And Idomeneus chief among the Cretans answered, "Thoas, no one,

so far as I know, is in fault, for we can all fight. None are

held back neither by fear nor slackness, but it seems to be the

will of almighty Jove that the Achaeans should perish

ingloriously here far from Argos: you, Thoas, have been always

staunch, and you keep others in heart if you see any fail in

duty; be not then remiss now, but exhort all to do their utmost."

To this Neptune lord of the earthquake made answer, "Idomeneus,

may he never return from Troy, but remain here for dogs to batten

upon, who is this day wilfully slack in fighting. Get your armour

and go, we must make all haste together if we may be of any use,

though we are only two. Even cowards gain courage from

companionship, and we two can hold our own with the bravest."

Therewith the god went back into the thick of the fight, and

Idomeneus when he had reached his tent donned his armour, grasped

his two spears, and sallied forth. As the lightning which the son

of Saturn brandishes from bright Olympus when he would show a

sign to mortals, and its gleam flashes far and wide--even so did

his armour gleam about him as he ran. Meriones his sturdy squire

met him while he was still near his tent (for he was going to

fetch his spear) and Idomeneus said:

"Meriones, fleet son of Molus, best of comrades, why have you

left the field? Are you wounded, and is the point of the weapon

hurting you? or have you been sent to fetch me? I want no

fetching; I had far rather fight than stay in my tent."

"Idomeneus," answered Meriones, "I come for a spear, if I can

find one in my tent; I have broken the one I had, in throwing it

at the shield of Deiphobus."

And Idomeneus captain of the Cretans answered, "You will find one

spear, or twenty if you so please, standing up against the end

wall of my tent. I have taken them from Trojans whom I have

killed, for I am not one to keep my enemy at arm's length;

therefore I have spears, bossed shields, helmets, and burnished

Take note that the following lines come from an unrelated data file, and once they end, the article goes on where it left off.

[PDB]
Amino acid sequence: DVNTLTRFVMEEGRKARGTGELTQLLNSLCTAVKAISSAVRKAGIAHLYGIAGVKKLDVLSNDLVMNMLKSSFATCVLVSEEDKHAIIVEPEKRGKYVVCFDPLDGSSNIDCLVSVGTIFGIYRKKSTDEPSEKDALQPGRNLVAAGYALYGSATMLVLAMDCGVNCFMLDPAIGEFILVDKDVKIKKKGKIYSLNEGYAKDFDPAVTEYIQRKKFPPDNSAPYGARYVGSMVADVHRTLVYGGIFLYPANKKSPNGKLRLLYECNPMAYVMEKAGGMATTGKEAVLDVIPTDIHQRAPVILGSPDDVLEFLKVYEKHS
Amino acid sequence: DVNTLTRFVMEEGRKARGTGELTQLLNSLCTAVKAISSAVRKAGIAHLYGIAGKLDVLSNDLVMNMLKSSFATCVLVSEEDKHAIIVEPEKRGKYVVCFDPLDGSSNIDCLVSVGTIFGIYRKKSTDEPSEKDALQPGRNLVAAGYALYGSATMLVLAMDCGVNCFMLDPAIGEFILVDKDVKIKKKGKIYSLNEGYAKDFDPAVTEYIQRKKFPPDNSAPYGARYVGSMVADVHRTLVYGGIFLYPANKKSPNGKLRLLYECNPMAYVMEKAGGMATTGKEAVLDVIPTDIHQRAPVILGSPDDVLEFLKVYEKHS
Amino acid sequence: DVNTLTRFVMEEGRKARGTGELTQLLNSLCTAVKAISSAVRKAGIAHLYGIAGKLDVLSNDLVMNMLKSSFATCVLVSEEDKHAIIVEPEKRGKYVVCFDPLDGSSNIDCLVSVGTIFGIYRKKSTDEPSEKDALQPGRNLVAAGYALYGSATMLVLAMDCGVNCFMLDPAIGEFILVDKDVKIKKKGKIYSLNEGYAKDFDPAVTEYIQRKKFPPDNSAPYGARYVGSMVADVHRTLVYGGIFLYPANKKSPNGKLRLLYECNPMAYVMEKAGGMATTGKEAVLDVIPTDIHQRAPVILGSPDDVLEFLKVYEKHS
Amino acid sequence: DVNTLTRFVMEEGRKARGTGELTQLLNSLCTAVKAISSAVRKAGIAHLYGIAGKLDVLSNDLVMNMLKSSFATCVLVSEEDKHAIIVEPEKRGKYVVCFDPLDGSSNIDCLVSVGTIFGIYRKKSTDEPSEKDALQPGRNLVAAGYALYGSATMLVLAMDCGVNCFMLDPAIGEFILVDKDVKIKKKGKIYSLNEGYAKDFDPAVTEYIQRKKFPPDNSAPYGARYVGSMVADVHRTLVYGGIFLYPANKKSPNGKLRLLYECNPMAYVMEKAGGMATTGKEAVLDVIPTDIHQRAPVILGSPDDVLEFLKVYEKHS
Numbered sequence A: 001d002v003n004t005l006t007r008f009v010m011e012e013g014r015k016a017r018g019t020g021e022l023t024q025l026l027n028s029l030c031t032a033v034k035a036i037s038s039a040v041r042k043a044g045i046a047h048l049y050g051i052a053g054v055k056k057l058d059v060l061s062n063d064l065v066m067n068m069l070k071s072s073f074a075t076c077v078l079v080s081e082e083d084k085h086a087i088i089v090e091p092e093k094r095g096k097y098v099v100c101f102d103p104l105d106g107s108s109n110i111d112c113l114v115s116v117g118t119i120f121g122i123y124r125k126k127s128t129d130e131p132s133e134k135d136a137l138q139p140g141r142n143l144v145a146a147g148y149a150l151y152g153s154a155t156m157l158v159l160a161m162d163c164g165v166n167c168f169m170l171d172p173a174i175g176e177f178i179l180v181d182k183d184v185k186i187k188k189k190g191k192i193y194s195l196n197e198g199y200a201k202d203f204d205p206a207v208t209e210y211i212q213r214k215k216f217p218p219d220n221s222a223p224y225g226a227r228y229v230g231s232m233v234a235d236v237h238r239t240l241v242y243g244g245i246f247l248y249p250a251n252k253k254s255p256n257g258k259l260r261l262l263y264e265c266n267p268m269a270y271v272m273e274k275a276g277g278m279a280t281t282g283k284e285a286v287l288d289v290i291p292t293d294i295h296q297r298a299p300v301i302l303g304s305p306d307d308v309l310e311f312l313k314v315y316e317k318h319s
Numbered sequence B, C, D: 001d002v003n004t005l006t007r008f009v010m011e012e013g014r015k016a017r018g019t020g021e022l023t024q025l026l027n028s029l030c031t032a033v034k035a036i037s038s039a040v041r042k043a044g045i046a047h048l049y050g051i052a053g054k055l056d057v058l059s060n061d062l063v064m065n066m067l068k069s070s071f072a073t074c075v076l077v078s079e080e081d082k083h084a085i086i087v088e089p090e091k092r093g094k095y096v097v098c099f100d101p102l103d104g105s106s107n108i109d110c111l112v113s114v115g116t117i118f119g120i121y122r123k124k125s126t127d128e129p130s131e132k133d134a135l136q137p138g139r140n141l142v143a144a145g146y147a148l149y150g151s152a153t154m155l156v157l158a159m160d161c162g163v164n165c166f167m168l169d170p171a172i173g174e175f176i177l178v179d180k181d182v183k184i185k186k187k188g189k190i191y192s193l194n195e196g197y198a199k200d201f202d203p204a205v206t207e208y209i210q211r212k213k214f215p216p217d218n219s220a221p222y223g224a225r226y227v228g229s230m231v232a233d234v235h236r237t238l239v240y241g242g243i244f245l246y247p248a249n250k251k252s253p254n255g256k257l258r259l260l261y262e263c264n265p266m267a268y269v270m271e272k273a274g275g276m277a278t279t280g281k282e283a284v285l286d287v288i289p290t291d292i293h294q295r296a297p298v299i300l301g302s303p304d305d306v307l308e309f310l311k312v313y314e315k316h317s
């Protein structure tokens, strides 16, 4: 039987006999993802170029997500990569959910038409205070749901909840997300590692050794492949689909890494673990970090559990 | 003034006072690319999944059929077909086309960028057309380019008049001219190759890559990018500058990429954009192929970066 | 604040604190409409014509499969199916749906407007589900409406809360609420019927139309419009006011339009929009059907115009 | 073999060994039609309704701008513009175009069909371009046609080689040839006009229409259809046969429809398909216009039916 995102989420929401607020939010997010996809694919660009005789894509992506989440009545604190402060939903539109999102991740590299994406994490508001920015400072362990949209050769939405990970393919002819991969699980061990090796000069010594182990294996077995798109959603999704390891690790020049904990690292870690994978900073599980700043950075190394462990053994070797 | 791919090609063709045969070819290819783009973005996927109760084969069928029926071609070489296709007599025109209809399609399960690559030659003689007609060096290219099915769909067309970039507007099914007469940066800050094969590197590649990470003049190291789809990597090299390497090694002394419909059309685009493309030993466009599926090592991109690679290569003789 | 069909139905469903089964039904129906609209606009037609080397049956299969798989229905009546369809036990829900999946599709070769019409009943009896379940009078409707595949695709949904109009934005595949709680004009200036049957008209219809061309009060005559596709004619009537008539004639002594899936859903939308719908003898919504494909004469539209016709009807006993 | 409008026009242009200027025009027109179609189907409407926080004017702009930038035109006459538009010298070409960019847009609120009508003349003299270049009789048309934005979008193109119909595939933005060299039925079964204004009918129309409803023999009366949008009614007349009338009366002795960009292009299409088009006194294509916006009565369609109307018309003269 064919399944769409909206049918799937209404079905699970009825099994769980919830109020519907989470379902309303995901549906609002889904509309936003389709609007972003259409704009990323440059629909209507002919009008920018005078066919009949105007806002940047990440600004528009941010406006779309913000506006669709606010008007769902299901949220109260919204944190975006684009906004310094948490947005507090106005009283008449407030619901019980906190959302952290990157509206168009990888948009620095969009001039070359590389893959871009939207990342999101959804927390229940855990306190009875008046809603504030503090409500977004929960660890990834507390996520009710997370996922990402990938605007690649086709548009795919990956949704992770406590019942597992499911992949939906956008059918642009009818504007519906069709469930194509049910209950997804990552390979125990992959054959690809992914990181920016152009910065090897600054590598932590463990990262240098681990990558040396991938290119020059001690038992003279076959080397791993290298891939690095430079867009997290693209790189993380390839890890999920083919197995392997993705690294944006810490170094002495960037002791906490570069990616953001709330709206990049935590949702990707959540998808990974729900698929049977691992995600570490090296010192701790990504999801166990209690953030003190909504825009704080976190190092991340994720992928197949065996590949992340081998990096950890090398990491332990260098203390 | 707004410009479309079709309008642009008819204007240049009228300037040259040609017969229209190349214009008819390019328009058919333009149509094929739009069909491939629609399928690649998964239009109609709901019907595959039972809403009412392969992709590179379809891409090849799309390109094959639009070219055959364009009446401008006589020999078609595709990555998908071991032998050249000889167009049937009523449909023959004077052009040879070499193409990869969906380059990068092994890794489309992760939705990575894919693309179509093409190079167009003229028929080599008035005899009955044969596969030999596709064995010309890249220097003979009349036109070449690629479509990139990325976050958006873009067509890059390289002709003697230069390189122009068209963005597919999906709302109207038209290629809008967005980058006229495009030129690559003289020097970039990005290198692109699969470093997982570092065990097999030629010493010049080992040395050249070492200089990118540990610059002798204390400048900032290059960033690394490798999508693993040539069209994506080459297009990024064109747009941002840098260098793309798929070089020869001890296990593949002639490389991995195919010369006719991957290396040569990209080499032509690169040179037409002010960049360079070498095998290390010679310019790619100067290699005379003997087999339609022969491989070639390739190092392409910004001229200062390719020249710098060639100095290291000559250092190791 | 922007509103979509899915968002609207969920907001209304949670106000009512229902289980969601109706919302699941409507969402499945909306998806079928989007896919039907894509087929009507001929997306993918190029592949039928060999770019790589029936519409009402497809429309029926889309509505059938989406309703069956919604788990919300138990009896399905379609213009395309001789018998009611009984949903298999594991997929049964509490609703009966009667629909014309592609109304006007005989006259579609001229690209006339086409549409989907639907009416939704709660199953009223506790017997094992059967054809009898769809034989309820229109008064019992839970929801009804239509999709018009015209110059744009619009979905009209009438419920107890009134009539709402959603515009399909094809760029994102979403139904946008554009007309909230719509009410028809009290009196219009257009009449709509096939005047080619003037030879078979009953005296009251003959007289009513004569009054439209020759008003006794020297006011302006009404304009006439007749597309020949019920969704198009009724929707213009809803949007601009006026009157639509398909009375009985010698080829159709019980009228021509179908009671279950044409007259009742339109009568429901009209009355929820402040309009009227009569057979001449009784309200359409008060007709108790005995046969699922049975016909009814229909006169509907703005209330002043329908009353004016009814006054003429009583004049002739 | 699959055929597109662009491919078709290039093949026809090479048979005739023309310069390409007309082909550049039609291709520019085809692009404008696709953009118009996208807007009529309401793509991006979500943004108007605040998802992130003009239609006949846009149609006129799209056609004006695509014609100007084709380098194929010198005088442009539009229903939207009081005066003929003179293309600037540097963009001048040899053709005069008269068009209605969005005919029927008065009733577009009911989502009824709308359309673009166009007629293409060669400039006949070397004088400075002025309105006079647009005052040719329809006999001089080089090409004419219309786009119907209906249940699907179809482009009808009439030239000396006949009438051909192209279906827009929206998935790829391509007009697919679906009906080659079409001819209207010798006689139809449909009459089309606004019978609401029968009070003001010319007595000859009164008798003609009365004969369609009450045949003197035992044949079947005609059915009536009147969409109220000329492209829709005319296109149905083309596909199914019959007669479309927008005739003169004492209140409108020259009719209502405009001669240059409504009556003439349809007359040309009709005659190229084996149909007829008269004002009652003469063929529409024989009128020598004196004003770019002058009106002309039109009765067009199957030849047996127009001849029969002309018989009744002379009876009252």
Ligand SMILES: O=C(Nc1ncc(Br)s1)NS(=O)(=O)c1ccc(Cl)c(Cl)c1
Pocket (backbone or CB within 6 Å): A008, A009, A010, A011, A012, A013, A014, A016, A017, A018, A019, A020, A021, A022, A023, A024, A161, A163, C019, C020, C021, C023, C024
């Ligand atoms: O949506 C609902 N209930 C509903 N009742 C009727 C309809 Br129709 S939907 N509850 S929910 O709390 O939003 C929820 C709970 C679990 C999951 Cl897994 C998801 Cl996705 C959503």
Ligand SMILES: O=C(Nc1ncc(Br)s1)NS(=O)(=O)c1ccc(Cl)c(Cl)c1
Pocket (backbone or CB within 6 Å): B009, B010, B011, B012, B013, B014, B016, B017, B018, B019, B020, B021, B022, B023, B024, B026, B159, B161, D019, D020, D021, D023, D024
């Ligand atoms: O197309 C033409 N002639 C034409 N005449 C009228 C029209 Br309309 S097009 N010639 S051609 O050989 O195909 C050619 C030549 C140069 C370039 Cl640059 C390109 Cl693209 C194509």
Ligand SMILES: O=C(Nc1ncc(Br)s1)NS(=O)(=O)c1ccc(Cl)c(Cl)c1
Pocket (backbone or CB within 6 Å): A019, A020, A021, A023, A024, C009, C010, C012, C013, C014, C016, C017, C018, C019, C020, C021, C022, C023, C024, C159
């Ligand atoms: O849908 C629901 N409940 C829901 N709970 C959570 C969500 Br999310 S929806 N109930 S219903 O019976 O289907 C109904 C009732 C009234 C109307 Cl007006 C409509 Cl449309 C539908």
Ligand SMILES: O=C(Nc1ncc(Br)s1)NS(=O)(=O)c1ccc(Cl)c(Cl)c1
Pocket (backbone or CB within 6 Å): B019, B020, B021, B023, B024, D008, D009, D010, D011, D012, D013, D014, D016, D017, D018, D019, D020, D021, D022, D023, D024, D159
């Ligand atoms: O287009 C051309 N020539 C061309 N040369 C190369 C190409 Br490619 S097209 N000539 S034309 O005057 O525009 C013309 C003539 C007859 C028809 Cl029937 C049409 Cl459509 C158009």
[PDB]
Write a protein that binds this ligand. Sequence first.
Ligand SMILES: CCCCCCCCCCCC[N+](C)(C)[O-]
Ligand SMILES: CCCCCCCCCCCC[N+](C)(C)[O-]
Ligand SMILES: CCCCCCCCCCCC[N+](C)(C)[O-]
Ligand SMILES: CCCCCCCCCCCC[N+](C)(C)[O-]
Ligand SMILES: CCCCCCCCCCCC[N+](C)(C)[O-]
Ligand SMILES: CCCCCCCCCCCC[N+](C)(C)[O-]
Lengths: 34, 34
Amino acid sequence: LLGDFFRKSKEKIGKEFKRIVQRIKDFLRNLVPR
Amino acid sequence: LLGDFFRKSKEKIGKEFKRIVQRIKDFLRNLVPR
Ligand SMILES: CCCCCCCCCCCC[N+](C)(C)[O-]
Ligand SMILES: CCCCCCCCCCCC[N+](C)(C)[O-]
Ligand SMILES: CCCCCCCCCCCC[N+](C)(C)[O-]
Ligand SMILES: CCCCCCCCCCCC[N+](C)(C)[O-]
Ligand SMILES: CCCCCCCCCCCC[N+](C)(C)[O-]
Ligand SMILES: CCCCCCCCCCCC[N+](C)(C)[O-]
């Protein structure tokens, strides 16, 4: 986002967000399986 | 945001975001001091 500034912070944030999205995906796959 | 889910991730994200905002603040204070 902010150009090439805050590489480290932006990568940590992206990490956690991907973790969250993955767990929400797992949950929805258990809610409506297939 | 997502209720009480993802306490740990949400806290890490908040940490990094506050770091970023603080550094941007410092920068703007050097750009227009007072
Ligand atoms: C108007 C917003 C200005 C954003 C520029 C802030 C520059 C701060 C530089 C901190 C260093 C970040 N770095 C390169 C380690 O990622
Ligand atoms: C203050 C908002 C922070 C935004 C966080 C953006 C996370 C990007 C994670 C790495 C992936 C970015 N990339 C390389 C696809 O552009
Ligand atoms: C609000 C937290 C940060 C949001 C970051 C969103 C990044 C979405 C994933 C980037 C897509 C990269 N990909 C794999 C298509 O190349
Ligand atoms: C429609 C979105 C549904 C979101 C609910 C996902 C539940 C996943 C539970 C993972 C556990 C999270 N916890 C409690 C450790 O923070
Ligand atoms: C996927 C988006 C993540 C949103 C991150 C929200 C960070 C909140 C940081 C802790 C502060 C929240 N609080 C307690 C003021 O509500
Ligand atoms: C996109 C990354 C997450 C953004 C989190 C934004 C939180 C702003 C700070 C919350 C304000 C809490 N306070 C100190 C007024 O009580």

corslets."

Then Meriones said, "I too in my tent and at my ship have spoils

taken from the Trojans, but they are not at hand. I have been at

all times valorous, and wherever there has been hard fighting

have held my own among the foremost. There may be those among the

Achaeans who do not know how I fight, but you know it well enough

yourself."

Idomeneus answered, "I know you for a brave man: you need not

tell me. If the best men at the ships were being chosen to go on

an ambush--and there is nothing like this for showing what a man

is made of; it comes out then who is cowardly and who brave; the

coward will change colour at every touch and turn; he is full of

fears, and keeps shifting his weight first on one knee and then

on the other; his heart beats fast as he thinks of death, and one

can hear the chattering of his teeth; whereas the brave man will

not change colour nor be frightened on finding himself in ambush,

but is all the time longing to go into action--if the best men

were being chosen for such a service, no one could make light of

your courage nor feats of arms. If you were struck by a dart or

smitten in close combat, it would not be from behind, in your

neck nor back, but the weapon would hit you in the chest or belly

as you were pressing forward to a place in the front ranks. But

let us no longer stay here talking like children, lest we be ill

spoken of; go, fetch your spear from the tent at once."

On this Meriones, peer of Mars, went to the tent and got himself

a spear of bronze. He then followed after Idomeneus, big with

great deeds of valour. As when baneful Mars sallies forth to

battle, and his son Panic so strong and dauntless goes with him,

to strike terror even into the heart of a hero--the pair have

gone from Thrace to arm themselves among the Ephyri or the brave

Phlegyans, but they will not listen to both the contending hosts,

and will give victory to one side or to the other--even so did

Meriones and Idomeneus, captains of men, go out to battle clad in

their bronze armour. Meriones was first to speak. "Son of